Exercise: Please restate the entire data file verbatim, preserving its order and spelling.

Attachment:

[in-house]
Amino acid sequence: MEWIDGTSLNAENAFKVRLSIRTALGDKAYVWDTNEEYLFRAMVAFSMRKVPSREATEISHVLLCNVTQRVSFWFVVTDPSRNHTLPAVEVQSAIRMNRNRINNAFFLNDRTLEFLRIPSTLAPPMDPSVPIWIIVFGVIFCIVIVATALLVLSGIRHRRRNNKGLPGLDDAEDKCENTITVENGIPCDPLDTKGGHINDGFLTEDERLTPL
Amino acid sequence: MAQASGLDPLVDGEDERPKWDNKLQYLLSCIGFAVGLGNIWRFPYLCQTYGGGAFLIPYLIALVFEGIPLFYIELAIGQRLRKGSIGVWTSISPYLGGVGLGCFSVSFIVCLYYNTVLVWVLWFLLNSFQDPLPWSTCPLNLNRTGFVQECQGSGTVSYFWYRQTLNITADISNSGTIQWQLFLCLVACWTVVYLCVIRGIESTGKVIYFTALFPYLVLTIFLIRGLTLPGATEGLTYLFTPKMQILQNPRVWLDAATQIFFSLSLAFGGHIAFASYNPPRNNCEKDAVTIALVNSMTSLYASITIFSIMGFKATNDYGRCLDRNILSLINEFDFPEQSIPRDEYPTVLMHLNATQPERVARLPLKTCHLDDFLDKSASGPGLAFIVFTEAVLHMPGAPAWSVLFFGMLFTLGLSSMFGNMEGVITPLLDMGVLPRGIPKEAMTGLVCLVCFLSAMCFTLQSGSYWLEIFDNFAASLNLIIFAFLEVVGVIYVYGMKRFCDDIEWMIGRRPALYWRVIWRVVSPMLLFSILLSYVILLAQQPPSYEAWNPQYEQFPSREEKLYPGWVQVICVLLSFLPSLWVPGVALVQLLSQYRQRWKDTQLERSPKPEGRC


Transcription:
[in-house]
Amino acid sequence: MEWIDGTSLNAENAFKVRLSIRTALGDKAYVWDTNEEYLFRAMVAFSMRKVPSREATEISHVLLCNVTQRVSFWFVVTDPSRNHTLPAVEVQSAIRMNRNRINNAFFLNDRTLEFLRIPSTLAPPMDPSVPIWIIVFGVIFCIVIVATALLVLSGIRHRRRNNKGLPGLDDAEDKCENTITVENGIPCDPLDTKGGHINDGFLTEDERLTPL
Amino acid sequence: MAQASGLDPLVDGEDERPKWDNKLQYLLSCIGFAVGLGNIWRFPYLCQTYGGGAFLIPYLIALVFEGIPLFYIELAIGQRLRKGSIGVWTSISPYLGGVGLGCFSVSFIVCLYYNTVLVWVLWFLLNSFQDPLPWSTCPLNLNRTGFVQECQGSGTVSYFWYRQTLNITADISNSGTIQWQLFLCLVACWTVVYLCVIRGIESTGKVIYFTALFPYLVLTIFLIRGLTLPGATEGLTYLFTPKMQILQNPRVWLDAATQIFFSLSLAFGGHIAFASYNPPRNNCEKDAVTIALVNSMTSLYASITIFSIMGFKATNDYGRCLDRNILSLINEFDFPEQSIPRDEYPTVLMHLNATQPERVARLPLKTCHLDDFLDKSASGPGLAFIVFTEAVLHMPGAPAWSVLFFGMLFTLGLSSMFGNMEGVITPLLDMGVLPRGIPKEAMTGLVCLVCFLSAMCFTLQSGSYWLEIFDNFAASLNLIIFAFLEVVGVIYVYGMKRFCDDIEWMIGRRPALYWRVIWRVVSPMLLFSILLSYVILLAQQPPSYEAWNPQYEQFPSREEKLYPGWVQVICVLLSFLPSLWVPGVALVQLLSQYRQRWKDTQLERSPKPEGRC